NCC duo share unique experience
Cardinals combo kicked on gridiron during high school years
NAPERVILLE, Ill. -- North Central (Ill.) student-athletes Mackenzie Wenger and Hannah Magiera have many memories on the soccer field, but perhaps their most vivid experiences aren't from kicking a soccer ball past the goalkeeper, but kicking a football through the uprights.
The prospect of kicking on their respective high school varsity football teams started as a joke for both Wenger and Magiera. Eventually, with a little persistence and supportive coaching staffs, the opportunities were there for the taking.
“My driver's ed teacher - also a football coach - and I were joking about [trying out] one day,” Wenger said. “He said I should try kicking a football because he needed a consistent kicker. I told him I would try it, just for fun, and ended up doing well and was offered the opportunity to kick.”
Magiera experienced a similar scenario. “I was joking around with some friends saying I wanted to kick for the football team. They suggested I talk to the head coach. At first, he took it as a joke, but I came out for the three-week summer camp. That led to them asking if I was committed to kicking for them, and I said 'Yes,'” Magiera said.
For Wenger, a 2010 graduate of Dakota High School, football had always been a tradition in her family and community. Her older brother Matt led Dakota to a 2A state championship in 2005 and was a two-time All-American at North Central. While her duties on the high school team were vastly different than her brother's, she still felt she was one of the boys.
"The experience of playing with boys was awesome," Wenger said. “I wouldn't trade it for anything. The team members really took me under their wing. It was tough at first. I almost felt shunned, but then the guys were really welcoming.”
Wenger served as the primary kicker during her junior and senior high school years. Though the team didn't attempt any field goals, she had many opportunities to kick extra points. The team compiled a 19-2 record during those two seasons, advancing each year to the state playoffs.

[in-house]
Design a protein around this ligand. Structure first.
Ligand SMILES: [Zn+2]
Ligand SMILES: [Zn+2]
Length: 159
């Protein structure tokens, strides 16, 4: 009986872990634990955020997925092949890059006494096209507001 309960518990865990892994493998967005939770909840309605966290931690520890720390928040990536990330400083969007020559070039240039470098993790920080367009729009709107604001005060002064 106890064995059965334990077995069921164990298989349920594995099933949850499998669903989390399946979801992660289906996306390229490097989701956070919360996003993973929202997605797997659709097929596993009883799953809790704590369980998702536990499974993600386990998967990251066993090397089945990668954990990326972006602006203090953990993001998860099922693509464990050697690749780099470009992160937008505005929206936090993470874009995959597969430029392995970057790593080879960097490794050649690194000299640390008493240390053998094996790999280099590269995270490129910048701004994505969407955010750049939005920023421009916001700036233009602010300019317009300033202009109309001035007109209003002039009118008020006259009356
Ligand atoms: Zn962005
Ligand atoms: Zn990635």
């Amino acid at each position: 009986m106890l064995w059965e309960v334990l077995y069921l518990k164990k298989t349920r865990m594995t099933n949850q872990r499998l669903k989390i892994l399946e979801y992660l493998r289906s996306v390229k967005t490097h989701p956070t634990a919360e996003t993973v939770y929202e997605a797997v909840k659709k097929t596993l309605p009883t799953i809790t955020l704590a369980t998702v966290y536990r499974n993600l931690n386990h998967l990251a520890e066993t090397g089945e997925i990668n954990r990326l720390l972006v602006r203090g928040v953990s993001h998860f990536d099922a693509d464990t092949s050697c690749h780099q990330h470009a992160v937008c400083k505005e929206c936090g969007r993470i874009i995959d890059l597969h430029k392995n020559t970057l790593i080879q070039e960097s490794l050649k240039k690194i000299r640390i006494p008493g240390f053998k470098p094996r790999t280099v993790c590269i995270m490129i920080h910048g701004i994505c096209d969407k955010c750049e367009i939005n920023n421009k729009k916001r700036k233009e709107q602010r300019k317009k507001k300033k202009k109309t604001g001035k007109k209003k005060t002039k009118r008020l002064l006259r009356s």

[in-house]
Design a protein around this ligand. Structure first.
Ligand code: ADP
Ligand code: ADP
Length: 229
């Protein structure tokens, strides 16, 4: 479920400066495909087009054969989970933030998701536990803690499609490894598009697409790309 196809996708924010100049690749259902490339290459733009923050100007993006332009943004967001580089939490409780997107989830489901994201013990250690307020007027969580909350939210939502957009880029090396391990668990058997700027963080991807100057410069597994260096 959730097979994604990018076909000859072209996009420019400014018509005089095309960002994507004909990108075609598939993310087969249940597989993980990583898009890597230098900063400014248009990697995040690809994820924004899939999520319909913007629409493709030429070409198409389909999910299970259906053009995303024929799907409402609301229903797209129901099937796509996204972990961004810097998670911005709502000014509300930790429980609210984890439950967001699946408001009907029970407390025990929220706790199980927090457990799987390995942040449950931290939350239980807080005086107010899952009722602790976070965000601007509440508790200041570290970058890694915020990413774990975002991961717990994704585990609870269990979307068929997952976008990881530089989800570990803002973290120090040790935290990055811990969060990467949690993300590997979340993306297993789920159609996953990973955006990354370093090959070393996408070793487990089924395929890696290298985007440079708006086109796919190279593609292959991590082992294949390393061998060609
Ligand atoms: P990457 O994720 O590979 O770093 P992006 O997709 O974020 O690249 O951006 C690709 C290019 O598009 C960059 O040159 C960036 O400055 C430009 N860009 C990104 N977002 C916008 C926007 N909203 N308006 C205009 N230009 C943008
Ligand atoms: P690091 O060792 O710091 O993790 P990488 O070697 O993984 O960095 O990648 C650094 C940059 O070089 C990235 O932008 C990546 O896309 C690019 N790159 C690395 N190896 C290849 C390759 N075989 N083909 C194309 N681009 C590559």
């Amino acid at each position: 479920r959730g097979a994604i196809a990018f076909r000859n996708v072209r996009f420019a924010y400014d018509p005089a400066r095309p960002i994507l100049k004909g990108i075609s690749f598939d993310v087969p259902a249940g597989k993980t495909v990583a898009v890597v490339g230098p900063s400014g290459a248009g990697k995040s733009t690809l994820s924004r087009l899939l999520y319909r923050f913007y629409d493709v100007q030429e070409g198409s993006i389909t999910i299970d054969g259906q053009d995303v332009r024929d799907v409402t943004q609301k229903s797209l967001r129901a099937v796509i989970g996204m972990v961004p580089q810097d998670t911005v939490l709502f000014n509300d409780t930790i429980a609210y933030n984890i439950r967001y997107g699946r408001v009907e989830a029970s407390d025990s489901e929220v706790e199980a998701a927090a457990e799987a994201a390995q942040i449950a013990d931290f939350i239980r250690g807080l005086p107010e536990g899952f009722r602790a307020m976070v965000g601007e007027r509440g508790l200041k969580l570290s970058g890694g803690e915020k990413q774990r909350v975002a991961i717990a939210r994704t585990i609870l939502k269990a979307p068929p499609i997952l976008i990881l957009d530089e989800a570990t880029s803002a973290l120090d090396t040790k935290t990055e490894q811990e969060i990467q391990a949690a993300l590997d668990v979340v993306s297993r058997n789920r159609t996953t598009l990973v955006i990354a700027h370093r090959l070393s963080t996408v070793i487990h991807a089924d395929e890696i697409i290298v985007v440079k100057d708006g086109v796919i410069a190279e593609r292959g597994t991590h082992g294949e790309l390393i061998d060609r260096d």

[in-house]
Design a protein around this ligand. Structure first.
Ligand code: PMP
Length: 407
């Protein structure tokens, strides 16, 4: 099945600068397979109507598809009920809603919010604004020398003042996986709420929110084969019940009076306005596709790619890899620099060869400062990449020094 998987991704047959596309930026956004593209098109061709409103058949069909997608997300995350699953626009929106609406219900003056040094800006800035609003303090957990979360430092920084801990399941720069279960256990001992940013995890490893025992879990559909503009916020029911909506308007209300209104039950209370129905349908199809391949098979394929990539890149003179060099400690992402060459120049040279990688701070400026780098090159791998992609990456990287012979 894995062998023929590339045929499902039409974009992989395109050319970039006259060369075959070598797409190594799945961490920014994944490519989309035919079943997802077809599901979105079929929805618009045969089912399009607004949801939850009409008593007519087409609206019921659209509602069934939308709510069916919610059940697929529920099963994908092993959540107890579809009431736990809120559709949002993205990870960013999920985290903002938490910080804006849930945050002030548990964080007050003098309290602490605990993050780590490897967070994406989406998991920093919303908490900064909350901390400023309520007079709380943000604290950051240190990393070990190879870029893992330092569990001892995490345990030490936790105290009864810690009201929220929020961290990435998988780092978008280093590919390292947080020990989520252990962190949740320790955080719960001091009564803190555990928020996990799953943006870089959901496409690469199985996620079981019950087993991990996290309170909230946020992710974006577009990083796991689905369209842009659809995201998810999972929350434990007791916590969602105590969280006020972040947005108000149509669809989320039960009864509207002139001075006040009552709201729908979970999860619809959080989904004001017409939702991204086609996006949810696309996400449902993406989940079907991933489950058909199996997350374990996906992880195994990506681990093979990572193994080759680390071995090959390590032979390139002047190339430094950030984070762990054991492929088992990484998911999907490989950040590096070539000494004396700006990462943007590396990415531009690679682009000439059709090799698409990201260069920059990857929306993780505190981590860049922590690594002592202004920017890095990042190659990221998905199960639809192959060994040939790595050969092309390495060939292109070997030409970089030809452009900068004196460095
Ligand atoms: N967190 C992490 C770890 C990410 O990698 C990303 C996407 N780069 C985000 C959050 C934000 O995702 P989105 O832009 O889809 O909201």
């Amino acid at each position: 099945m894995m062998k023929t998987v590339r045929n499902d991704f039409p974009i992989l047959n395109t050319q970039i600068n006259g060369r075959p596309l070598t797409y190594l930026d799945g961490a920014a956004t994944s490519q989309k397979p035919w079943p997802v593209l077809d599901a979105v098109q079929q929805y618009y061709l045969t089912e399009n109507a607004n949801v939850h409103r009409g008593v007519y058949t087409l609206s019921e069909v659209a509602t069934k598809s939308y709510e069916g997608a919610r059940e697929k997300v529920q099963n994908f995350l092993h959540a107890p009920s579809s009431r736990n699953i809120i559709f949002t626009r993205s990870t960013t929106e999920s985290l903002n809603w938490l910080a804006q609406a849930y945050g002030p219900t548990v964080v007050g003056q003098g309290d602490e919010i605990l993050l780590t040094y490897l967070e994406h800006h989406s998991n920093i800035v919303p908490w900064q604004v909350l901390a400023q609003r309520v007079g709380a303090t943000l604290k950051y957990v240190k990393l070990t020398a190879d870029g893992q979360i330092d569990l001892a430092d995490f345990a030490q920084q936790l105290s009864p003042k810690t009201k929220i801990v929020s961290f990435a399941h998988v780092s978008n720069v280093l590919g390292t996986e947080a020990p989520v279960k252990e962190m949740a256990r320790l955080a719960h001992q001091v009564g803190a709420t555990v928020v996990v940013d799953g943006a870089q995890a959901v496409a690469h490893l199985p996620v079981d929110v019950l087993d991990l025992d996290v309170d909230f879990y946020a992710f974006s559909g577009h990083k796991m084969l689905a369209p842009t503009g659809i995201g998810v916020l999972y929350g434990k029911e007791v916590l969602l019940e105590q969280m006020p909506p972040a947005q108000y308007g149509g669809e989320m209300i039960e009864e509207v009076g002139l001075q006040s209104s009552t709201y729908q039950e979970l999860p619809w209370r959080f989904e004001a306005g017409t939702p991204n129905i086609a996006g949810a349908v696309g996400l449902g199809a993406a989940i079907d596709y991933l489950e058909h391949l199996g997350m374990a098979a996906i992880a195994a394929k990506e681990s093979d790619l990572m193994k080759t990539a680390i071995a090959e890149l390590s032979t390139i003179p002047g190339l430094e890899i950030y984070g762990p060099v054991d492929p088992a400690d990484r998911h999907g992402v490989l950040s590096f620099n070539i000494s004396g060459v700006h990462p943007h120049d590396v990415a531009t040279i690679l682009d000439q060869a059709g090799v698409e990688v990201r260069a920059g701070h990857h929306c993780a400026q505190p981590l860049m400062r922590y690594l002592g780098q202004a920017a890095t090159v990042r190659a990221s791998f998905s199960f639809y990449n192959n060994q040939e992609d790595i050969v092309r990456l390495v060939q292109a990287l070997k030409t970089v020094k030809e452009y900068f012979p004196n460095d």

Magiera, a 2012 graduate of Zion-Benton High School, felt like part of the team family, despite being the only female.
“[Trying out] was by far the best decision I made,” Magiera said. “With so many fans at every game, it was so much fun. At first, the guys who didn't know me didn't think much of my abilities, but once they saw me kick they all came together to protect me.”
She was 3-for-3 her senior season in field goal attempts, including a 27-yarder, and kicked extra points as well.
While Wenger and Magiera did not participate in full-contact tackling drills due to strict guidelines set by their high school soccer coaches, they learned proper tackling techniques just in case something went awry during a kick attempt. They also proved they could compete with the boys in other aspects of the game, like motivating fellow players to work harder.
“In practice one day we were flipping tires and some guys were struggling, so I served as motivation for them to work harder since I could [flip them],” Magiera said.
Wenger says she helped motivate others as well.
“Especially during sprints, they would say 'We can't be beaten by a girl,' and I was like, 'It's not my fault I beat you!' I would do all the defensive back drills for the conditioning because I got tired of kicking the whole practice. One time, the guys didn't realize I had the ball. I ran around the end and someone layed me out. They were worried but I got right up. It was one of the funniest things during the season.”
Even though Wenger and Magiera felt the support of their own teammates, others—especially the opposing team's fans and players—still questioned their ability as female kickers in a male-dominated sport.
“A couple times when I was stepping off my kick, I could hear some on the other side of the ball saying 'Is that a girl? It can't be a girl,''' Magiera said. “When the announcer said 'The kick was good by Hannah Magiera' or we'd shake hands after the game, I would hear some rude comments, but it was mostly just confused looks.
"What bothered me the most was that if I missed a kick, they would say it's because she's a girl, not that the snap was bad or the hold wasn't good. I just wanted to prove that girls can do this, and that was important to me,” Magiera said.
Wenger and Magiera would say the experiences of playing high school football more than made up for the doubts or harsh words, and that any female athletes who believe they have the ability to play with the boys should just go for it.
“I really wish all girls could experience what it's like to play with a bunch of guys because it's just so different. If you're confident, go for it, ” Wenger said.
“I would say [try out], 100 percent, even if you only have a slight idea about doing it. I gained so many friends and so much experience, confidence and respect from it. It was just an awesome experience,” Magiera said.